Tuesday, July 1, 2014

Canada Day thoughts

I think nationalism, like racism, is a barbarous relic. Am I a proud Canadian? No. We have a 3rd-world implement of democracy. Our history is disgusting. Our environmental record is disgraceful. We rank 23 of 31 OECD developed nations in social spending.

We are following the US down the path of neo-liberal self-destruction with “starve the beast” tax cut schemes that cause debt and inequality to soar: the neo-cons bring them in, the "liberals" cement them in place.

If the rest of the world was like Scandinavia, civilization wouldn't be the disgusting shit-hole that it is. We'd be centuries more advanced in technology, medicine, environmental responsibility, etc.

Canada doesn't make the world a better place. It contributes towards its destruction. It helps perpetrate crimes against humanity.

In short: fuck Canada.

Saturday, June 14, 2014

Partisan hypocrisy shows why voting reform is doomed

When Harper won a fake majority on 39.6% of the vote, many Liberals claimed it was an outrage and affront to democracy. Now that Wynne won one on 38.7%, they say she earned a mandate from the people.

Partisan corruption

Major party partisans will always be opposed to voting reform — including the NDP in provinces where they are a major party — because they care more about winning than what’s best for the people.

They will gladly sit on the sidelines while a neo-con party destroys the place, just as long as they get their turn at absolute corrupt power.

Federal Liberal about about face

Take for example the federal Liberal party which fell to minor party status in 2011. Traditionally supporters of First-Past-the-Post, they embraced ranked ballot voting reform wile licking their wounds.

But as soon as they rose to first place in the polls, they predictably ditched their commitment.

The death march of democracy

Now if Trudeau wins in 2015, he will destroy electoral reform for good in Canada with another designed-to-fail PR referendum that killed voting reform in BC, Ontario & PEI.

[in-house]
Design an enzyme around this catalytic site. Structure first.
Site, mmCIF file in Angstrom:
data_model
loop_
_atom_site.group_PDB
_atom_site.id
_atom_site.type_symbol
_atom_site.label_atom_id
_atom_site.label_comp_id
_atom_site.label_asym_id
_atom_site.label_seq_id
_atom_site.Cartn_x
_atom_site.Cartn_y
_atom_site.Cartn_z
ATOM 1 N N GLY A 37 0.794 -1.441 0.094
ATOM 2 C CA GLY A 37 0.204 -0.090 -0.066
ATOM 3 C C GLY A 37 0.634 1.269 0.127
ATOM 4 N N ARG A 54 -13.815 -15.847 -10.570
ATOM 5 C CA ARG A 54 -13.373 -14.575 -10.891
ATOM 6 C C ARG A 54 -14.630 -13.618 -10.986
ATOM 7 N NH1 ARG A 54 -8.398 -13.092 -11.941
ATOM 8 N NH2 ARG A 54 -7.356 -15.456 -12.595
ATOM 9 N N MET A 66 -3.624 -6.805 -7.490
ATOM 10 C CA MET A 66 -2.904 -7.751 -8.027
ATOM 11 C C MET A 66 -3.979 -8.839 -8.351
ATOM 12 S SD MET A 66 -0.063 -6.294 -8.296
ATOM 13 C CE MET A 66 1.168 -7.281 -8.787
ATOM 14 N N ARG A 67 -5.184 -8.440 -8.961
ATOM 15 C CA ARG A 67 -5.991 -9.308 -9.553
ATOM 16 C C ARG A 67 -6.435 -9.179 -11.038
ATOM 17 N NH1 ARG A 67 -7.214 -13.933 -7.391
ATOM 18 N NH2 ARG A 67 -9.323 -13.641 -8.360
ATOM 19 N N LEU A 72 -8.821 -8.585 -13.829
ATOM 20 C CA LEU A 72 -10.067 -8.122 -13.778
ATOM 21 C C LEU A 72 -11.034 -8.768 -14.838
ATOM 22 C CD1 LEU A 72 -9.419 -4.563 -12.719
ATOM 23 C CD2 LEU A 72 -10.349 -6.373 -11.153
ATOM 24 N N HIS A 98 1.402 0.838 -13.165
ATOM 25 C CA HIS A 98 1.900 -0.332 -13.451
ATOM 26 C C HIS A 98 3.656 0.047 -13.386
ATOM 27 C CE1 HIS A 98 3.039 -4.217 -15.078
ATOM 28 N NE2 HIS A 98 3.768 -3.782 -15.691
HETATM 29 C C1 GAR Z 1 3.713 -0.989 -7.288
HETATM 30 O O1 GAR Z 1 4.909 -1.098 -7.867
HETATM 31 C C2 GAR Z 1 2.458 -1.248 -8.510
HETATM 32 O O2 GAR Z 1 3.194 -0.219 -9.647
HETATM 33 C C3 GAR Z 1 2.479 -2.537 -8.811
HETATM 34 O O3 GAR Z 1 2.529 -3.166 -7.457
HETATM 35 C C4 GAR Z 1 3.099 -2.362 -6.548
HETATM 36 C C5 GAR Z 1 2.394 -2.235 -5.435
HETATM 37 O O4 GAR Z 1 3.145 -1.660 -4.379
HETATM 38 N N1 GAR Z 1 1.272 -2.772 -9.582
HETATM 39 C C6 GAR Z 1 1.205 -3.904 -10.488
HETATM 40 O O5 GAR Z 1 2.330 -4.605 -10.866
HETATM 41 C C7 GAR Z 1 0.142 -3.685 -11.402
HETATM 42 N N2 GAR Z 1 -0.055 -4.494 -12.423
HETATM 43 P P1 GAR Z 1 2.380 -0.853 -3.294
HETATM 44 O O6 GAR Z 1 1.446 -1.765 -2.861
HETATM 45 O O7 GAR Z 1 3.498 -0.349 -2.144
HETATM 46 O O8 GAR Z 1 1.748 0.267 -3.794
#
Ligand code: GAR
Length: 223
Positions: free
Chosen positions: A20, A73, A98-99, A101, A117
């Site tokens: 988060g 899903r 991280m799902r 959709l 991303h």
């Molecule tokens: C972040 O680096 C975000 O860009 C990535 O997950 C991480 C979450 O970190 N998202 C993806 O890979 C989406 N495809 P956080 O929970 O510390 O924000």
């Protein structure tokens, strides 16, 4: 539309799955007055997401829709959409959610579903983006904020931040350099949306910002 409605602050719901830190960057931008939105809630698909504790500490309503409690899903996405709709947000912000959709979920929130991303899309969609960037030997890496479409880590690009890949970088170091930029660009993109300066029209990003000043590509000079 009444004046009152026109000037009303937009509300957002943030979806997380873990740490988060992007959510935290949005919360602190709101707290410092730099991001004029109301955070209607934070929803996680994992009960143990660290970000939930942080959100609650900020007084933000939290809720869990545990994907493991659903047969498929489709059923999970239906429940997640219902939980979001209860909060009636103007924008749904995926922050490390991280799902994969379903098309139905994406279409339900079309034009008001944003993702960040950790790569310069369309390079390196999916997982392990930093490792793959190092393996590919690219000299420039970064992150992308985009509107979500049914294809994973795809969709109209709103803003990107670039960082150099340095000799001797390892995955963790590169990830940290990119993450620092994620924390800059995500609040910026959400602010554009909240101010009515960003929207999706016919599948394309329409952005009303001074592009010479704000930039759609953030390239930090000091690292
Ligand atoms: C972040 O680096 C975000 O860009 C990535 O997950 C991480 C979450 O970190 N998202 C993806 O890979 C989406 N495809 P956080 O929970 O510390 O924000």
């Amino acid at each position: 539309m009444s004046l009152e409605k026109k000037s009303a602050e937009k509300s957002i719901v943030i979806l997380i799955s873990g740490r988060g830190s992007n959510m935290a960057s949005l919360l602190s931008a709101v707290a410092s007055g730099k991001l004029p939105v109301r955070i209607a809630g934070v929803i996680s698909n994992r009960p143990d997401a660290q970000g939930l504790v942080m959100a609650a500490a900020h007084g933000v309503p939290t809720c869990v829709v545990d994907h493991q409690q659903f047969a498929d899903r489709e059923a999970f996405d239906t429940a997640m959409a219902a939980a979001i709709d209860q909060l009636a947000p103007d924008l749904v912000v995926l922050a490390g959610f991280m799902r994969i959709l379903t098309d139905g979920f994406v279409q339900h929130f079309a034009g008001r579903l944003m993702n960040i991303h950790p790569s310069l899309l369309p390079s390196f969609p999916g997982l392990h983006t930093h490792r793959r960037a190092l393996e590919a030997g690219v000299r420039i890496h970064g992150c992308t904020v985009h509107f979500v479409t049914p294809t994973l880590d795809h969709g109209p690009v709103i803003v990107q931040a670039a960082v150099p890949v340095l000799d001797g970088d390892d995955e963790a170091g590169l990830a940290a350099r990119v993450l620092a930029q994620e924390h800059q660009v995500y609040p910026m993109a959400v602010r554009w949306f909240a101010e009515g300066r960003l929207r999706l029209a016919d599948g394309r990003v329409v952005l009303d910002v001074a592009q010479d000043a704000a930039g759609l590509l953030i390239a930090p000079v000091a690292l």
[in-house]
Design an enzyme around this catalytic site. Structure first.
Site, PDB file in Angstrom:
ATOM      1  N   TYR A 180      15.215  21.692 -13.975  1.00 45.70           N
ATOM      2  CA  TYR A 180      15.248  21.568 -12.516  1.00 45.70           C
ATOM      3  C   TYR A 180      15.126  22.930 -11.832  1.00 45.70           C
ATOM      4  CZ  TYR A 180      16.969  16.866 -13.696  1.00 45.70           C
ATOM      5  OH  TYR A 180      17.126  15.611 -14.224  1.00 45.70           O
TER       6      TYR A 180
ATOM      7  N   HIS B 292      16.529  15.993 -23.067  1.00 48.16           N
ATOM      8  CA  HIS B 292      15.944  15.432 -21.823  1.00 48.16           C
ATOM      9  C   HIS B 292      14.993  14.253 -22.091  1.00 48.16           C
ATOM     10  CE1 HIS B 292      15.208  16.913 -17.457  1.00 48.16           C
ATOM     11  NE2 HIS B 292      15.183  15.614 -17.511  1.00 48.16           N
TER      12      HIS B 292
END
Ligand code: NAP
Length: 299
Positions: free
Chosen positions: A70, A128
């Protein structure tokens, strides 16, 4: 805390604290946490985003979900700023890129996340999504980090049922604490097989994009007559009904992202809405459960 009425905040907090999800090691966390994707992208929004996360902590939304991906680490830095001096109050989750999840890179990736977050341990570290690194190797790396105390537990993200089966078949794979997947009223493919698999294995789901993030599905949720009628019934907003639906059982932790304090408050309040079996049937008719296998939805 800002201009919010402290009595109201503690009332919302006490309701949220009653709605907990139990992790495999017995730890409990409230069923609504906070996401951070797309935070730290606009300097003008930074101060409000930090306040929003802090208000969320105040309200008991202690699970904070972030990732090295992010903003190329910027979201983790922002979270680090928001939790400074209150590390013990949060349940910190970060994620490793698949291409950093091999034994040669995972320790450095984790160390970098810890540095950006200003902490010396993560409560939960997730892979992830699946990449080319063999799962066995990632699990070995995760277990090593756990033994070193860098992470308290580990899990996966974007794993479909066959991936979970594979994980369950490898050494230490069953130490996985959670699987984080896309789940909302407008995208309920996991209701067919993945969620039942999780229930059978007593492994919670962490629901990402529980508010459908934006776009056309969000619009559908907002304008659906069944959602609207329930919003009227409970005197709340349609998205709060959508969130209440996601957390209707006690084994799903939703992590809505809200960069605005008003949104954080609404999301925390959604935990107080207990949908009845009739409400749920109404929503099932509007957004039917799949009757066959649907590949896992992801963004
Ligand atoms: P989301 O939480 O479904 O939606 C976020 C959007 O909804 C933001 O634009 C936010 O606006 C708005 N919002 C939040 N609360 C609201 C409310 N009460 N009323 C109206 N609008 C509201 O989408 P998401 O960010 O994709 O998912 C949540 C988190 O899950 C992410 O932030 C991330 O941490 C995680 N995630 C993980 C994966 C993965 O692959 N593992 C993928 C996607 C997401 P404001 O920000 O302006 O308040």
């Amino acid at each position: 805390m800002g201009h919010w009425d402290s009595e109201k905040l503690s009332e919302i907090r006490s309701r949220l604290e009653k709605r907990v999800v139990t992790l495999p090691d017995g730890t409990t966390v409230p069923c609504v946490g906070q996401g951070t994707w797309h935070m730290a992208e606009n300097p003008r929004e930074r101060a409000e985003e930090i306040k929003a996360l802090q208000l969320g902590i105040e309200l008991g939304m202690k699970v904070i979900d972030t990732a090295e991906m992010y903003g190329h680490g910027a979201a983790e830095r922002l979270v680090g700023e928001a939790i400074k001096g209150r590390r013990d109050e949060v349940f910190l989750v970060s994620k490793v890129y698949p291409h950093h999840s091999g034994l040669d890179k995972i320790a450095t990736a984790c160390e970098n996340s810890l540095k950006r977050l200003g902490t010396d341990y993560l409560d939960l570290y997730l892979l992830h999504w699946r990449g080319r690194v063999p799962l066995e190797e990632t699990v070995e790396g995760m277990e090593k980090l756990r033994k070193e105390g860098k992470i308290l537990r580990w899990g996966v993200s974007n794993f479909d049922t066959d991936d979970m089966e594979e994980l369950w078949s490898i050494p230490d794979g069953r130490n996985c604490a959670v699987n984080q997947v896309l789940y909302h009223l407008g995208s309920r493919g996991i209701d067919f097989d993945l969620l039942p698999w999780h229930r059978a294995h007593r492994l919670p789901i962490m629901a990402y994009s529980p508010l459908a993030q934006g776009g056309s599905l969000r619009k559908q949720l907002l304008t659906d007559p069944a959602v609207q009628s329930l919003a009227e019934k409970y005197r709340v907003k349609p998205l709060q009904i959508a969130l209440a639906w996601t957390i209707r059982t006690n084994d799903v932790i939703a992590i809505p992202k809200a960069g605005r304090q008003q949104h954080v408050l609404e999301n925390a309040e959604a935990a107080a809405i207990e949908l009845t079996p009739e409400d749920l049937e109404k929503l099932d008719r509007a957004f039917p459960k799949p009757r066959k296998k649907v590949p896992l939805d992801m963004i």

With an impossible 60% win threshold and a ballot that excludes ranked ballot supporters, the Second Coming has better odds of success.

This farce will drive the final nail in the electoral-reform coffin making corrupt First-Past-the-Post the democratic choice of Canadians.


Democracy in Canada is an insane asylum.

We award absolute corrupt power to minority parties, excluding the actual majority from government. We are stuck wih some other country’s monarch as our head of state. We have an appointed senate filled with partisan hacks that has equal power to the democratic house. We have a corrupt fourth estate owned by corporations that abandons journalistic objectivity to meddle and campaign in general elections.

Getting involed with our slipshod implement of democracy is the equivalent of going to a Christian Fundie holy-roller church service. Either you check your brains at the door or are rendered incredulous by the spectacle.

Liberals didn’t fool progressive or centrist voters

This election in Ontario, the Liberal party’s campaign strategy was to out-left the NDP and win the majority they missed by one seat in 2011. They did this with a bullshit progressive budget and outrageous attacks against NDP leader Andrea Horwath claiming she was a right-wing Rob Ford clone.

Ironically, it was a 4 point drop from the Tim Hudak PCs that allowed Kathleen Wynne to win a fake majority on 38.7% of the vote.

Progressives not fooled

None of the right-wing crap the Liberals threw at Andrea Horwath actually stuck. Which just goes to show the more desperate the rhetoric the less likely the public is going to be deceived by it, regardless of the volume.

Andrea’s NDP made a 1 point gain from the 2011 election. That’s 42% higher than previous NDP leader Howard Hampton was able to take things — and double the seats.

So Liberals didn’t fool progressive or centrist voters — despite the Toronto Star pumping out daily op-eds of ethically-bankrupt propaganda.

It would seem the tabloid journalism of Sun News and The Star only ends up preaching to the choir.

NDP on right track

Despite our absurd voting system that awards absolute power to a minority party on less than 40% of the vote, Andrea is clearly on the right track.

Jack Layton forged the new NDP which unites left-leaning and centrist voters to stop the neo-liberal agenda being perpetrated by the Con and Liberal parties over the past 2 to 3 decades.

Despite complaints from the odd left-wing ideologue and Liberals pretending to be progressives, this path is clearly the right way forward.

Where Andrea went wrong

Jack Latyon ran the perfect campaign. His campaign ads showed, in a light-hearted way, that the Liberals were just another version of the Conservative party. But he also offered a positive vision for Canadians.

This election Andrea focused too much on Liberal corruption and mismanagement, and not enough on her own vision for Ontarians.

Pocketbook populism

Jack Layton’s pocket-book populism is the key to the NDP forming the government and ending 30 years of Tough Tory Times.